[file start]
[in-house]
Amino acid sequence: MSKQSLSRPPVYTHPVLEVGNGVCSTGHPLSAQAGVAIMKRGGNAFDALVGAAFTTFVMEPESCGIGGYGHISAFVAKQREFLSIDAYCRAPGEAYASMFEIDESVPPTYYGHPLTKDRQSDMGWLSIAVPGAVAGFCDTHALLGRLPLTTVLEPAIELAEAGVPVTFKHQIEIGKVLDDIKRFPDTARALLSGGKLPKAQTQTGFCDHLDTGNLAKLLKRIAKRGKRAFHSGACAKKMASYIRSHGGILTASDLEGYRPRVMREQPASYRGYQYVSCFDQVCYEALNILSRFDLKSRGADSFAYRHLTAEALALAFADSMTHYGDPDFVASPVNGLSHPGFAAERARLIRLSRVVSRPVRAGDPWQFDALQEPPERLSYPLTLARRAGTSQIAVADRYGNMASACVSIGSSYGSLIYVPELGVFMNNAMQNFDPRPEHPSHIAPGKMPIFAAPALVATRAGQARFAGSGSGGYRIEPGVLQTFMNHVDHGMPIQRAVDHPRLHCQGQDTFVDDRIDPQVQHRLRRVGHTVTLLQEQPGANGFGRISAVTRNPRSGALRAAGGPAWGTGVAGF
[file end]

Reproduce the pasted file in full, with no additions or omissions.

[in-house]
Amino acid sequence: MSKQSLSRPPVYTHPVLEVGNGVCSTGHPLSAQAGVAIMKRGGNAFDALVGAAFTTFVMEPESCGIGGYGHISAFVAKQREFLSIDAYCRAPGEAYASMFEIDESVPPTYYGHPLTKDRQSDMGWLSIAVPGAVAGFCDTHALLGRLPLTTVLEPAIELAEAGVPVTFKHQIEIGKVLDDIKRFPDTARALLSGGKLPKAQTQTGFCDHLDTGNLAKLLKRIAKRGKRAFHSGACAKKMASYIRSHGGILTASDLEGYRPRVMREQPASYRGYQYVSCFDQVCYEALNILSRFDLKSRGADSFAYRHLTAEALALAFADSMTHYGDPDFVASPVNGLSHPGFAAERARLIRLSRVVSRPVRAGDPWQFDALQEPPERLSYPLTLARRAGTSQIAVADRYGNMASACVSIGSSYGSLIYVPELGVFMNNAMQNFDPRPEHPSHIAPGKMPIFAAPALVATRAGQARFAGSGSGGYRIEPGVLQTFMNHVDHGMPIQRAVDHPRLHCQGQDTFVDDRIDPQVQHRLRRVGHTVTLLQEQPGANGFGRISAVTRNPRSGALRAAGGPAWGTGVAGF